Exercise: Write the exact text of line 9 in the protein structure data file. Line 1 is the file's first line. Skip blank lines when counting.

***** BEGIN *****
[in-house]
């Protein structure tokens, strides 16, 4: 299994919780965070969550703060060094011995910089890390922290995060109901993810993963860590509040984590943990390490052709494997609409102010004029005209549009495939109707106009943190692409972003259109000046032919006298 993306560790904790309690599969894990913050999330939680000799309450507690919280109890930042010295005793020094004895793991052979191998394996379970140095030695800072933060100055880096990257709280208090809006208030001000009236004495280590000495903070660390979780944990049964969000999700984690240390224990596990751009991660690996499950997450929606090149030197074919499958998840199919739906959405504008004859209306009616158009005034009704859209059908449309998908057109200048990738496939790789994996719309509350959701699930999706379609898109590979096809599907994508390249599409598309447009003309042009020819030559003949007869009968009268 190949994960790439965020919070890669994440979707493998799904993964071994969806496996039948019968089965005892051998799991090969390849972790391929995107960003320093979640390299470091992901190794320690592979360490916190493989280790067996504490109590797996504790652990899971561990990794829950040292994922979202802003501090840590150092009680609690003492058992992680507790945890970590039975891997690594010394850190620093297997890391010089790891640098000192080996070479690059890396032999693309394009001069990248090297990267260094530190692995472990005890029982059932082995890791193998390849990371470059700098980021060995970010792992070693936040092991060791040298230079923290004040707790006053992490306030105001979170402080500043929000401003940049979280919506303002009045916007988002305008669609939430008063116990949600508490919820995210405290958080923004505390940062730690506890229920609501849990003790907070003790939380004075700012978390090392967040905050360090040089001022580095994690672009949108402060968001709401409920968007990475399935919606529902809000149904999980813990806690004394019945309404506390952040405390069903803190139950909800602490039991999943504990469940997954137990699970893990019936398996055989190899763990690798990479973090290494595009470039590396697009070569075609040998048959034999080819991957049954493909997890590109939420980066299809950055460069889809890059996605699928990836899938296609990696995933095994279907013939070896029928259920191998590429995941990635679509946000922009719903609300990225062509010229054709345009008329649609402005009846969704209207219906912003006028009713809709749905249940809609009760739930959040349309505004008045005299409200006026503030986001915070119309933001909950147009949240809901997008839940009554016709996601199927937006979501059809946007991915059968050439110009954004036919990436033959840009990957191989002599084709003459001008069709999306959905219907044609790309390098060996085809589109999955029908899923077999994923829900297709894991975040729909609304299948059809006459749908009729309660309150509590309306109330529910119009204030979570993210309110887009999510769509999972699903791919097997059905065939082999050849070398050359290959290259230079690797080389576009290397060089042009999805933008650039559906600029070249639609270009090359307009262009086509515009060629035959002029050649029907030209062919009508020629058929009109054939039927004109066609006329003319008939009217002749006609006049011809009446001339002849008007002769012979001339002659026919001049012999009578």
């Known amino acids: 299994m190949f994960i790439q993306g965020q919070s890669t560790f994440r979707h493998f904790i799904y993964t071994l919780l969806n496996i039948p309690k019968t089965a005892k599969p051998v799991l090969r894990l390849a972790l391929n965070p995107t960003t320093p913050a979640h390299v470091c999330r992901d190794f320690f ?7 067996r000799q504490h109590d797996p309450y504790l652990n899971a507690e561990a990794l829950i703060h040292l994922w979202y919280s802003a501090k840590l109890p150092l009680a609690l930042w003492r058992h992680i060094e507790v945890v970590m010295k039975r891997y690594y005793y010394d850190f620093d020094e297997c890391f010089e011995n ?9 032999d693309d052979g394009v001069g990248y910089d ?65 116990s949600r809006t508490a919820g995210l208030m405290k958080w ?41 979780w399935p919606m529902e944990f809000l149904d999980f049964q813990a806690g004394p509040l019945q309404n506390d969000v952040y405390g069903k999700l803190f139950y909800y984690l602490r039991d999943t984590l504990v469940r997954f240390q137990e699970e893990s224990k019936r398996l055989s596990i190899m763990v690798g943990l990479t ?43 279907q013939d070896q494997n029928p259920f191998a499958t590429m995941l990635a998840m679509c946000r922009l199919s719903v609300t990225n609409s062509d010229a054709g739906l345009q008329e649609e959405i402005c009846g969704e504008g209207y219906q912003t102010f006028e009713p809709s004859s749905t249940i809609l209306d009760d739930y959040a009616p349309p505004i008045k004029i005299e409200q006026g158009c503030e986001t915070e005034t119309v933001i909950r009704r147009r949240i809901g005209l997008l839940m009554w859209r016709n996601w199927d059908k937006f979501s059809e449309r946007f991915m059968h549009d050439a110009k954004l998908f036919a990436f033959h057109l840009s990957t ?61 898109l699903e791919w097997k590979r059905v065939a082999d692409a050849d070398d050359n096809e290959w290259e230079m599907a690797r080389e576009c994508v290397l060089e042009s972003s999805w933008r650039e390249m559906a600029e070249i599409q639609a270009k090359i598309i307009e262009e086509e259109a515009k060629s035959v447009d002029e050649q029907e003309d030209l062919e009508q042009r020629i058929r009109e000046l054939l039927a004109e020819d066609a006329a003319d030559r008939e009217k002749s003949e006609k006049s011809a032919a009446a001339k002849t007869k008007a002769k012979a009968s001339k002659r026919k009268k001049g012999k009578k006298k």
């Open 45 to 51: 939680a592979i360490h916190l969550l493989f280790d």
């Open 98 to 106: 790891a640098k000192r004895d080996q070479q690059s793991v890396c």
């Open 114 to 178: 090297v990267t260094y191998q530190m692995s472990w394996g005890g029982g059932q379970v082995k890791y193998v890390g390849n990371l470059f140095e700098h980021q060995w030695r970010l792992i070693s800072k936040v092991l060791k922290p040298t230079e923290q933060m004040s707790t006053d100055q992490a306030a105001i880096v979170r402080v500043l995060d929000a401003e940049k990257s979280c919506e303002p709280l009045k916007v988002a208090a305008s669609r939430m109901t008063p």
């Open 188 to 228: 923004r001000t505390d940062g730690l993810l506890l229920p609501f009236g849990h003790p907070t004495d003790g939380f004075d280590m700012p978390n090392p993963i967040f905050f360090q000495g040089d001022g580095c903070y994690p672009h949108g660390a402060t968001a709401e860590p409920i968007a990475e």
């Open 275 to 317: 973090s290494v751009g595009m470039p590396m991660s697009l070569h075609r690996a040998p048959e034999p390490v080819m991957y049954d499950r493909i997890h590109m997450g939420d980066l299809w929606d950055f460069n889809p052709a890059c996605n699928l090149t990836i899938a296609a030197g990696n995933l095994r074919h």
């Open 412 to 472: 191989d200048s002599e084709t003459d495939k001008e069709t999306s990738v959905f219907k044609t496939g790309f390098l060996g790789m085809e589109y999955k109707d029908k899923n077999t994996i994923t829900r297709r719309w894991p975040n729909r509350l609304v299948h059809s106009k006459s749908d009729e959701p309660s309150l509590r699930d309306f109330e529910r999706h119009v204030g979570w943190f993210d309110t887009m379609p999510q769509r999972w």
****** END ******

């Open 412 to 472: 191989d200048s002599e084709t003459d495939k001008e069709t999306s990738v959905f219907k044609t496939g790309f390098l060996g790789m085809e589109y999955k109707d029908k899923n077999t994996i994923t829900r297709r719309w894991p975040n729909r509350l609304v299948h059809s106009k006459s749908d009729e959701p309660s309150l509590r699930d309306f109330e529910r999706h119009v204030g979570w943190f993210d309110t887009m379609p999510q769509r999972w």